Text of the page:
To Applanate or to Rebound? A preliminary comparison of the Tonopen and Tonovet tonometers

INTRODUCTION: For many years the Tonopen has been the standard, hand-held tonometer for veterinary use, providing an electronic measurement of intraocular pressure widely accepted throughout veterinary ophthalmology. It has some shortcomings, particularly when used in small eyes such as those of laboratory rodents, where the footplate is just too wide for accurate tonometry. More than 60 years ago, Obbink invented a totally different concept in tonometry,1 where a small probe is fired at the corneal surface and its rebound velocity is
measured, this correlating with intraocular pressure. Dekking improved the technique thirty years later 2 but it was not brought into widespread use until the beginning of this decade when Kontiola and colleagues developed a system for use in mice.3 The device has been marketed for the veterinary market as Tonovet. Comparison of this rebound or dynamic tonometer with the Tonopen applanation tonometer has been reported in the literature but only to date investigating animals with normotensive eyes. We have undertaken both in
vitro and in vivo studies of the device but here we provide some preliminary in vivo evidence comparing the two tonometers in both normotensive and glaucomatous canine eyes.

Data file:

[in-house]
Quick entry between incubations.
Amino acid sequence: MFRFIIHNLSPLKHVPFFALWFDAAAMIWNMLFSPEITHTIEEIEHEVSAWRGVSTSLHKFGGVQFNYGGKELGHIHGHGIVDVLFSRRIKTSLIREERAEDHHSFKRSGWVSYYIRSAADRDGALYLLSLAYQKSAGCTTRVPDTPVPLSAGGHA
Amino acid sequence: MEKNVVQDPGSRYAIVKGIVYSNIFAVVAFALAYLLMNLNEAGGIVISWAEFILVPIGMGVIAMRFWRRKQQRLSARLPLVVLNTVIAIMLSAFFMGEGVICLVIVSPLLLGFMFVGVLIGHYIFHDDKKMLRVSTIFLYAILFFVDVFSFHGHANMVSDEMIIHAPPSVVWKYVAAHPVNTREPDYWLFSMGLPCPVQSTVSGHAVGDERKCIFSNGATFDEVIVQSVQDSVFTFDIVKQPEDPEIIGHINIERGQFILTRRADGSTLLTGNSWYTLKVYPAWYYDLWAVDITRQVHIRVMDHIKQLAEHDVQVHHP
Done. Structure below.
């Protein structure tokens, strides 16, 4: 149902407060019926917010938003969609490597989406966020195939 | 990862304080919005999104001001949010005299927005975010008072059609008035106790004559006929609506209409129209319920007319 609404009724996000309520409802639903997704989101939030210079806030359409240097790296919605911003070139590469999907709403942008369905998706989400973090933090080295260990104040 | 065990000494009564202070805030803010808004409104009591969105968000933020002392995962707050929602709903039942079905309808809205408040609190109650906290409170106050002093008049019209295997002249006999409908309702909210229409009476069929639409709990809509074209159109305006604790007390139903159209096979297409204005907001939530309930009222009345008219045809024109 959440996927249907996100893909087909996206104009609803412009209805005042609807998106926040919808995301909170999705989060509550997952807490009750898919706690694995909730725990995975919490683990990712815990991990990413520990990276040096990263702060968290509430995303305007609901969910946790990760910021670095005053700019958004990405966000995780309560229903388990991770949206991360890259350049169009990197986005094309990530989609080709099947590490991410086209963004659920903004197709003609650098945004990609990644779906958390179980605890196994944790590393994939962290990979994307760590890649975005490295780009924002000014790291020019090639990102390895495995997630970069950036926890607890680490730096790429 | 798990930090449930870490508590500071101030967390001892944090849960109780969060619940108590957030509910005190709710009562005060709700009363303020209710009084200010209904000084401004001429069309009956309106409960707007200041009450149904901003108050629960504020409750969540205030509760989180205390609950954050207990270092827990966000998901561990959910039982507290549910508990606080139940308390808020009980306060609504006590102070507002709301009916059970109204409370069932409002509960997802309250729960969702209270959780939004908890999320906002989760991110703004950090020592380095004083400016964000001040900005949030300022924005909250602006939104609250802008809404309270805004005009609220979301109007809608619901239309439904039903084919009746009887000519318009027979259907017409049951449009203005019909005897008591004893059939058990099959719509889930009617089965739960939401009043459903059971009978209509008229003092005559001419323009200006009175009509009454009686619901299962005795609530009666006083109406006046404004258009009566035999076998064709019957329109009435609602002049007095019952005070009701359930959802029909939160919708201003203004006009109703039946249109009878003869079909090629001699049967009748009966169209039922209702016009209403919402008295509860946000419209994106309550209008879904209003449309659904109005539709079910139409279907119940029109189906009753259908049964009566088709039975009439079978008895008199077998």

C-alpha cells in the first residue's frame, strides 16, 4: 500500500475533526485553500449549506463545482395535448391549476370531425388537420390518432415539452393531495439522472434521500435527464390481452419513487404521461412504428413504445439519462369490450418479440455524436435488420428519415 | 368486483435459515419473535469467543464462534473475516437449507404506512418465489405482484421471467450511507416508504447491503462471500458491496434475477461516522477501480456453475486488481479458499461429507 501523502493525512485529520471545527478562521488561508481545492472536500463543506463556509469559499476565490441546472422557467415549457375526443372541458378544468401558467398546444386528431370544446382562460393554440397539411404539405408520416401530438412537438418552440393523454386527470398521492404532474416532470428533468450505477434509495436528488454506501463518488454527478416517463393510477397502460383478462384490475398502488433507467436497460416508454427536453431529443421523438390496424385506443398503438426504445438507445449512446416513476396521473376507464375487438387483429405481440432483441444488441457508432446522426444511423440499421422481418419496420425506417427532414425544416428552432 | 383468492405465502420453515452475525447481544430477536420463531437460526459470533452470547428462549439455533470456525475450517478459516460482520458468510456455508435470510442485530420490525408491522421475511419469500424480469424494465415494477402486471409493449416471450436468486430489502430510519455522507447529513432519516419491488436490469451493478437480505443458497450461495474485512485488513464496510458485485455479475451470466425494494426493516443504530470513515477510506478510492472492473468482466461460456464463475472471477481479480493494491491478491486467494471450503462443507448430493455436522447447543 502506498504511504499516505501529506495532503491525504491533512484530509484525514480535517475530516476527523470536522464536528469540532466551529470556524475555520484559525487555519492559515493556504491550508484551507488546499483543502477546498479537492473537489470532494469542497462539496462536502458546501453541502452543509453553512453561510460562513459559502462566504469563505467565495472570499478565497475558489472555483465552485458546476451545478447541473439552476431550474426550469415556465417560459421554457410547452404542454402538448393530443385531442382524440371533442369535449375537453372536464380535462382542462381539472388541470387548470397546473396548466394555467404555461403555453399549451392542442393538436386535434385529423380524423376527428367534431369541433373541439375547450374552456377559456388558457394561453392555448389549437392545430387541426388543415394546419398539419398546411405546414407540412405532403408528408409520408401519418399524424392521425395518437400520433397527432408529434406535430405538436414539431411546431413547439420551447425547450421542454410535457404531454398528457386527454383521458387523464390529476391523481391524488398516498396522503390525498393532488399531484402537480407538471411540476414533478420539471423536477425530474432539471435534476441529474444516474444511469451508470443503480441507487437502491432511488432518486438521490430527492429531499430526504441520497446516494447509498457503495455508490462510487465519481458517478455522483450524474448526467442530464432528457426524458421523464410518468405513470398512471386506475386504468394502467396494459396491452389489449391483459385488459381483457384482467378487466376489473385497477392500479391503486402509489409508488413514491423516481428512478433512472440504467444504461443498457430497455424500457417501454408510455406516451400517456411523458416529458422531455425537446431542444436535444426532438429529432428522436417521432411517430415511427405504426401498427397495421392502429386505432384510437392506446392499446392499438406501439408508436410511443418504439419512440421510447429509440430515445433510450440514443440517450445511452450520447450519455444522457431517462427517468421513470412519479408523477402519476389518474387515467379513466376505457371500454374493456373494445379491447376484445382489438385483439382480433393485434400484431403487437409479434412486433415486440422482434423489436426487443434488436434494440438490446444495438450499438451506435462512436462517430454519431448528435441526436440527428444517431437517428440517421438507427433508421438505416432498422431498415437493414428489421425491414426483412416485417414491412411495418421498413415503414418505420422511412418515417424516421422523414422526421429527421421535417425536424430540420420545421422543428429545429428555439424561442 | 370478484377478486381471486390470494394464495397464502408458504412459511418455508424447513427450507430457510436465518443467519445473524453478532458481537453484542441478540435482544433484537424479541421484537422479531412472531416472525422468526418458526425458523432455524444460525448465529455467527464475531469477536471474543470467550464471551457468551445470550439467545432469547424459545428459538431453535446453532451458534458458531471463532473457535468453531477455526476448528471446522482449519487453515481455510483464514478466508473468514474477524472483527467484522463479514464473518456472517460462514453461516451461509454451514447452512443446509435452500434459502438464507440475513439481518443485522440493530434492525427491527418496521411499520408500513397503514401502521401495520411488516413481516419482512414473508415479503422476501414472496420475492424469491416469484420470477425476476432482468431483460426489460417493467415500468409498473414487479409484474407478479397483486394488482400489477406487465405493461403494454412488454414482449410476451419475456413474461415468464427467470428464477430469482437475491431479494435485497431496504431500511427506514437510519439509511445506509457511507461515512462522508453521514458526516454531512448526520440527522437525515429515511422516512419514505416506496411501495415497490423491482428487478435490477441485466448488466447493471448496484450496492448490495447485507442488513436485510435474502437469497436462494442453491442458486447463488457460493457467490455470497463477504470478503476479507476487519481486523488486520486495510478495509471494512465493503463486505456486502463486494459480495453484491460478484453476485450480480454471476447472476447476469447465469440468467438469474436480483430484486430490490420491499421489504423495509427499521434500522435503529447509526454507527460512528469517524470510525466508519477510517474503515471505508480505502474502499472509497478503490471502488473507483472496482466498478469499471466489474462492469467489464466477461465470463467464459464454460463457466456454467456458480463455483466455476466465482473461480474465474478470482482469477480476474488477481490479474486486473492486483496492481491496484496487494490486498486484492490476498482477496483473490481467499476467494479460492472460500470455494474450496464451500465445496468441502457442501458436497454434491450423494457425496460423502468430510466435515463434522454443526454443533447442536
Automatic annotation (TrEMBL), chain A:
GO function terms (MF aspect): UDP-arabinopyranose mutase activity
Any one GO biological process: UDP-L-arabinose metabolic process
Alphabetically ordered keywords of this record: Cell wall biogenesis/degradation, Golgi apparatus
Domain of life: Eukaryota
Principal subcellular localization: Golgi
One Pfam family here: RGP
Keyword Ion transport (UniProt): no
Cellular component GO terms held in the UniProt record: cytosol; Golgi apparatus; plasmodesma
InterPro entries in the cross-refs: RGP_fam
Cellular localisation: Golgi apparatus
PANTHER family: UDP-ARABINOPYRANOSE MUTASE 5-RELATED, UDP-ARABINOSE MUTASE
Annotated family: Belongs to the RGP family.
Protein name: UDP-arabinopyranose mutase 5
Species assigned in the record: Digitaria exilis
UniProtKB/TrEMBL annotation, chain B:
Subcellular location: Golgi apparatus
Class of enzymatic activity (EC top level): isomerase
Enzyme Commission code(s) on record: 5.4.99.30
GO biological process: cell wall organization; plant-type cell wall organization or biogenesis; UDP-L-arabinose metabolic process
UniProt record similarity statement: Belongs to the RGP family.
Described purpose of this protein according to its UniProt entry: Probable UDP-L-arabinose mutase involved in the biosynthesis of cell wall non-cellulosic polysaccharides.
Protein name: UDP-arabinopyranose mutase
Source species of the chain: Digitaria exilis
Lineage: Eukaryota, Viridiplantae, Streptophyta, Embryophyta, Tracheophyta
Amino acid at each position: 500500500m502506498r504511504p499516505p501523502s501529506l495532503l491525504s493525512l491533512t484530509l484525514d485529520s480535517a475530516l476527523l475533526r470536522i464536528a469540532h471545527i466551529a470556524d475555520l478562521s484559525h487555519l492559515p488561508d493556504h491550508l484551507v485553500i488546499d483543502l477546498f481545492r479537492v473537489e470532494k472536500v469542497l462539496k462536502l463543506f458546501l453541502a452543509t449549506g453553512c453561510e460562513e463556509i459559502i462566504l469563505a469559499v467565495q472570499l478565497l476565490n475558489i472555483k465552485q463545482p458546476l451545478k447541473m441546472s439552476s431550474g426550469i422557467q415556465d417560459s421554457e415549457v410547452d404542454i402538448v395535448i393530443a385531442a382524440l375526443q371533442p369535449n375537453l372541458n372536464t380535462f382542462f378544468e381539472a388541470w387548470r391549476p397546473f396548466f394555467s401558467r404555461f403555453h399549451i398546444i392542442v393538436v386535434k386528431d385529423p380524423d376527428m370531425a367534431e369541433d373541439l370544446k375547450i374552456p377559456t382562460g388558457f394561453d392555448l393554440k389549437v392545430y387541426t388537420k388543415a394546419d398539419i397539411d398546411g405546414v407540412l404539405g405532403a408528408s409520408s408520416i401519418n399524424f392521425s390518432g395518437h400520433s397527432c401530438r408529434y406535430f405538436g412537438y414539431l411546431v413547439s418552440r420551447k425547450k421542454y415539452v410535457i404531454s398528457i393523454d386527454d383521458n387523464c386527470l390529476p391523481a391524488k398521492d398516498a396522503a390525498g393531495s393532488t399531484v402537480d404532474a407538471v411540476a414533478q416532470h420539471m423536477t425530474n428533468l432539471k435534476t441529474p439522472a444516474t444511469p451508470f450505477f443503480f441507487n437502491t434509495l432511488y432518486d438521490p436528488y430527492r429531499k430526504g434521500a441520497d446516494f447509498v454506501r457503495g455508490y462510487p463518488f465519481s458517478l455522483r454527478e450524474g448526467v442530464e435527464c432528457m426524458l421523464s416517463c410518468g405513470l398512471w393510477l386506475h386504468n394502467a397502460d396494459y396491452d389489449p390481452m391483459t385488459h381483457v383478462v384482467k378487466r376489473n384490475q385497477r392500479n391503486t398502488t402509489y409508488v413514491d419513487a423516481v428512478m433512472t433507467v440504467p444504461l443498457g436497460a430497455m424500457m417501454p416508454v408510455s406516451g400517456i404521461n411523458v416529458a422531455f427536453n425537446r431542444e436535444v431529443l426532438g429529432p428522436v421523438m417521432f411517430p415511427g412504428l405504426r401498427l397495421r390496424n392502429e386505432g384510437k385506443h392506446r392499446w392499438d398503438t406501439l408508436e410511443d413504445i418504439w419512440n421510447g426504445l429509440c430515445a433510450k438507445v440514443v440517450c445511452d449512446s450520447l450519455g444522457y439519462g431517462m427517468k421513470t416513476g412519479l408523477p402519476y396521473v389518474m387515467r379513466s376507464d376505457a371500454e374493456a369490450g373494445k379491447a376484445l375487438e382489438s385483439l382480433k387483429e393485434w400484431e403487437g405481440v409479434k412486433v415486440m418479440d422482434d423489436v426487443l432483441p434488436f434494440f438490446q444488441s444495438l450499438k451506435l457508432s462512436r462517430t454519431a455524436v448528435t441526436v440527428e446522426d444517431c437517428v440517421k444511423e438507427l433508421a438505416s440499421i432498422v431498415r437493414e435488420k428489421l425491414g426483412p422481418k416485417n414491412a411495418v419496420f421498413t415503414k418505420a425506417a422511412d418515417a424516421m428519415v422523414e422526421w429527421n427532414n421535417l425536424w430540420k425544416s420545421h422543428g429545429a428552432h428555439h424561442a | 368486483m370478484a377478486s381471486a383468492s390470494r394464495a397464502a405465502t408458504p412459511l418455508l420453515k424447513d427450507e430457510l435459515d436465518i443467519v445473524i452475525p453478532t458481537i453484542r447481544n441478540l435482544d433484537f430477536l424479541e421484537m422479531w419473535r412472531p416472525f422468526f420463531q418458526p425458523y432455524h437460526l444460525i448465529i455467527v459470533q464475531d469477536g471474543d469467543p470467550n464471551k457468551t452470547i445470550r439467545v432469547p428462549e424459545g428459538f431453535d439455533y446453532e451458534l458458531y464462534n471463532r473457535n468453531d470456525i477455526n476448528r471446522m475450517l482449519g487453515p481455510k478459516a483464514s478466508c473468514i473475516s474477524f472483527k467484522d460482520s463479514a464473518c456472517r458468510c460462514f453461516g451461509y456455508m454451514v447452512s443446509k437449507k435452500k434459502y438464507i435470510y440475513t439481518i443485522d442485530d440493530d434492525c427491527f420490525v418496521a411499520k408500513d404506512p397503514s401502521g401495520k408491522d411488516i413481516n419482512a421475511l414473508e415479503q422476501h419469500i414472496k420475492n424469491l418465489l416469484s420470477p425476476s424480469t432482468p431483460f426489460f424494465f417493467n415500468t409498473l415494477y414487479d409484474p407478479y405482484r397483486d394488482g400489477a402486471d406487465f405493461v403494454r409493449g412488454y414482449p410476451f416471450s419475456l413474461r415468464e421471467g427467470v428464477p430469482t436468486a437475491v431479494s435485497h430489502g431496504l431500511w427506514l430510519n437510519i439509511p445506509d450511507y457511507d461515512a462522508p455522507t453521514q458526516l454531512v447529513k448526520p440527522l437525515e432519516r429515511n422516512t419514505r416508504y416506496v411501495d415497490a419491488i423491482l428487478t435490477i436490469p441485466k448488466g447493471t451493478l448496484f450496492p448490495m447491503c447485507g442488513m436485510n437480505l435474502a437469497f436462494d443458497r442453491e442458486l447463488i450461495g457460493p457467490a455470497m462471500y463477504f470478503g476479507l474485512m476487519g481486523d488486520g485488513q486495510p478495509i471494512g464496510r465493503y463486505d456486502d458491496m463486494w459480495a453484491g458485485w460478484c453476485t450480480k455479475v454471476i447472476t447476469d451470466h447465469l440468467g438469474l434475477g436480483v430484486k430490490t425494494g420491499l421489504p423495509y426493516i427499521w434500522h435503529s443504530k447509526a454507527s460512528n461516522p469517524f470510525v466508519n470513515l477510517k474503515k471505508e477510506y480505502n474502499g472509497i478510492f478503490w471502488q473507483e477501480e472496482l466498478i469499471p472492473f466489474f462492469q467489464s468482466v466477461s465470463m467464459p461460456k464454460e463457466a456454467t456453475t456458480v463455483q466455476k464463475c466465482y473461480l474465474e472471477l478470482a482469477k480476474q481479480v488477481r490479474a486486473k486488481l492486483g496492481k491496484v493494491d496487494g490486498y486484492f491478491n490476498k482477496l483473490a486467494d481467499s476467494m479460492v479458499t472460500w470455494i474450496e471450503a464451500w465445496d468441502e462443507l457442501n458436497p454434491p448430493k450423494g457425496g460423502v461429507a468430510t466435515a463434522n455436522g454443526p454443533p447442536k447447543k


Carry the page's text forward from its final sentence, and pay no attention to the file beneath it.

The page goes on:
MATERIALS AND METHODS: 50 dogs of varying breeds with and without ocular pathology were included in the preliminary study. Dogs were examined ophthalmologically with direct and indirect ophthalmoscopy and slit lamp biomicroscopy. Measurements of intraocular pressure were performed with both tonometers. Topical anaesthetic (Amethocaine Minims, Chauvin) was applied to each eye 30 seconds prior to measurement with the Tonopen tonometer. Order of use of the Tonovet rebound tonometer and the Tonopen applanation tonometer was assigned randomly.

RESULTS: Four measurements were taken with each tonometer and the mean value was used as the intraocular pressure measurement for that eye. This mean value for intraocular pressure as measured with the Tonovet was plotted against the averaged readings for to Tonopen for each eye. In 12 dogs the mean value for one or other tonometer has a standard deviation greater than 10%, normally associated with a less than placid temperament. There was good correlation between the readings obtained with the Tonovet rebound tonometer and the Tonopen applanation tonometer (r=0.96), the Tonovet apparently over-estimated the intraocular pressure in severely glaucomatous eyes by around 2mmHg at 30mmHg, 5mmHg at 50mmHg and 7mmHg at 70mmHg.

DISCUSSION: Both tonometers were easy to use; the Tonovet had the advantage of not requiring local anaesthetic but the disadvantage of requiring horizontal use while the Tonopen can be used in any position. The good correlation between the two tonometers is encouraging although, as can be seen from figure 2 for each individual set of readings there can be significant variation between mean values. The higher values for the Tonovet compared with the Tonopen, especially in glaucomatous eyes is to be noted, although it is, of course, impossible from these readings to say which tonometer is providing the more accurate readings compared with the true pressure within the eye. We have performed experiments comparing Tonovet and Tonopen pressure readings in post-mortem eyes with the true intraocular pressure as determined by a U-tube manometer and will present these at a future meeting. This study shows that the Tonovet tonometer is a valuable tool in veterinary ophthalmology, useful for measuring the intraocular pressure in the canine eye.